First Breath Stillbirths reduced through newborn care training
Karachi, Pakistan, March 1, 2010: One in 10 newborns in Pakistan are either stillborn – in many cases because the baby fails to start breathing – or die within seven days of birth. But newborn stillbirths in Pakistan and five other developing countries dropped by almost a third when rural health workers received newborn care training, including skills to resuscitate babies, according to a study published in the New England Journal of Medicine with research contributed by Aga Khan University’s Department of Community Health Sciences (CHS). The World Health Organization (WHO) estimates there are more than three million stillbirths worldwide each year with almost 70 per cent in sub-Saharan Africa and South Asia, including Pakistan, where the majority of births are handled by unskilled attendants. The study tested the efficacy of a three-day WHO Essential Newborn Care training regimen that covers basic newborn care techniques, the importance of early breastfeeding, how to keep infants warm and dry, and signs of serious health problems.
“Through the training we tried to bring important skills for newborn care to communities,” said Dr Imtiaz Jehan, Associate Professor, CHS, who headed the research in Pakistan. “These may be simple interventions, but they can help build capacity and make a huge impact.”
Under the study, one health professional each from Argentina, the Democratic Republic of Congo, Guatemala, India, Pakistan and Zambia travelled to the US to learn essential newborn care techniques. These six returned home to train others, ultimately reaching 3,600 nurses, midwives and birth attendants in rural communities, using a train-the-trainers model that proved very effective. The study, in Thatta District, involved over 650 birth attendants in 16 union councils covering doctors, lady health visitors, nurses, midwives and traditional birth attendants from over 85 private and government health facilities, working in health care facilities as well as at homes. Each attendant was provided the essential newborn care training as well as scales to accurately measure birth weight, hand-held pumps and masks to fill babies’ lungs with air, and clean-delivery kits to prevent infection. The greatest decrease in stillbirth rates was among deliveries attended by nurses, midwives, and traditional attendants, all of whom, the researchers believe, would likely not have received such training. Dr Jehan said, “It is clear that there are low-cost, effective solutions available, which are essential for countries like ours, where physicians are not always readily available.”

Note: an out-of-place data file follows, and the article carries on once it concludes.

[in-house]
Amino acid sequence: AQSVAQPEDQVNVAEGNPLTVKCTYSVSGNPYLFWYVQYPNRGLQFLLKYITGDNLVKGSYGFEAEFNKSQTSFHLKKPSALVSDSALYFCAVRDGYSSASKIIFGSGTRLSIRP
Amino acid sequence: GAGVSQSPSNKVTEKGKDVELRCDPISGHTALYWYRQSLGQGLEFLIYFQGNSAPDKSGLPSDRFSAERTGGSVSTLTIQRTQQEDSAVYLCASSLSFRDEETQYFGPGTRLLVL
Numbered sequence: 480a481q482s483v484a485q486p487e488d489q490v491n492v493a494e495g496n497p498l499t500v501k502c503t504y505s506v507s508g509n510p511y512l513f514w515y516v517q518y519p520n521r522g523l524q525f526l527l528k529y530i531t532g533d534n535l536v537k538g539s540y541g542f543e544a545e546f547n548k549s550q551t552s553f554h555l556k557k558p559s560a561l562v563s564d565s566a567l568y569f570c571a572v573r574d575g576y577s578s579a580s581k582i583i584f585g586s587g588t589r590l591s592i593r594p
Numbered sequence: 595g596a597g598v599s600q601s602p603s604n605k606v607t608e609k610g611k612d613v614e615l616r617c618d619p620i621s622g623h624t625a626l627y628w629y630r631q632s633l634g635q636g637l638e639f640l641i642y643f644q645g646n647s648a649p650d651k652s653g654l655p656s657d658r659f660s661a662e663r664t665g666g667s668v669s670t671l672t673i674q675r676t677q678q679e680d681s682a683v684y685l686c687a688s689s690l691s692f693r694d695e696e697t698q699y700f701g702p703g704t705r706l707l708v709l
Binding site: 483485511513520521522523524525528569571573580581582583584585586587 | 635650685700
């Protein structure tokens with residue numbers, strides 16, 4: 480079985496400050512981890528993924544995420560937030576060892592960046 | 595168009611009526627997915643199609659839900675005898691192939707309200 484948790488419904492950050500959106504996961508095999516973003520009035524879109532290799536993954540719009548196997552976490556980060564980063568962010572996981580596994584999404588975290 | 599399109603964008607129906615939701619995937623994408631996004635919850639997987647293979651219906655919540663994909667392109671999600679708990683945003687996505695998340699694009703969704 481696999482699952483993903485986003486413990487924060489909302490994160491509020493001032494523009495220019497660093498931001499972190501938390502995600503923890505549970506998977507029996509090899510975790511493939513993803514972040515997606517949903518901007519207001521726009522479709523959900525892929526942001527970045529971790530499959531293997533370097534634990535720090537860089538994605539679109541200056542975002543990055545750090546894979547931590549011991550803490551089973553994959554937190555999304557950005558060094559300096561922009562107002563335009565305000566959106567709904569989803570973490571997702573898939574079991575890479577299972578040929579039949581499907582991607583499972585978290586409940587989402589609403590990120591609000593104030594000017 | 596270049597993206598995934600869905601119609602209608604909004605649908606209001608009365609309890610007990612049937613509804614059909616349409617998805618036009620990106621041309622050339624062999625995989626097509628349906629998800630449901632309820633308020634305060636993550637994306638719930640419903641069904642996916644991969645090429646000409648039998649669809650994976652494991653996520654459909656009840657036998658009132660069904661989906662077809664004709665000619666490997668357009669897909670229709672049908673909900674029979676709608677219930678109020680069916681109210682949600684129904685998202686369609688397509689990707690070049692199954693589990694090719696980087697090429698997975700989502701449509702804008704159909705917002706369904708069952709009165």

The study, the largest of its kind, was conducted at study sites that are part of the Global Network (GN) for Women’s and Children’s Health Research, a collaborative effort of the National Institute of Child Health and Human Development (NICHD), the National Institutes of Health and international, multidisciplinary teams of investigators. Their mission is to expand scientific knowledge, develop research infrastructures and improve health outcomes by building partnerships to conduct research on feasible, cost-effective, sustainable interventions for addressing the major causes of newborn, child and maternal deaths in the developing world. The Pakistan site of GN is a collaboration between AKU, through Senior Investigator, Dr Omrana Pasha, and Drexel University, USA, through Principal Investigator, Dr Robert L. Goldenberg. The NICHD, along with the Bill and Melinda Gates Foundation, funded the study.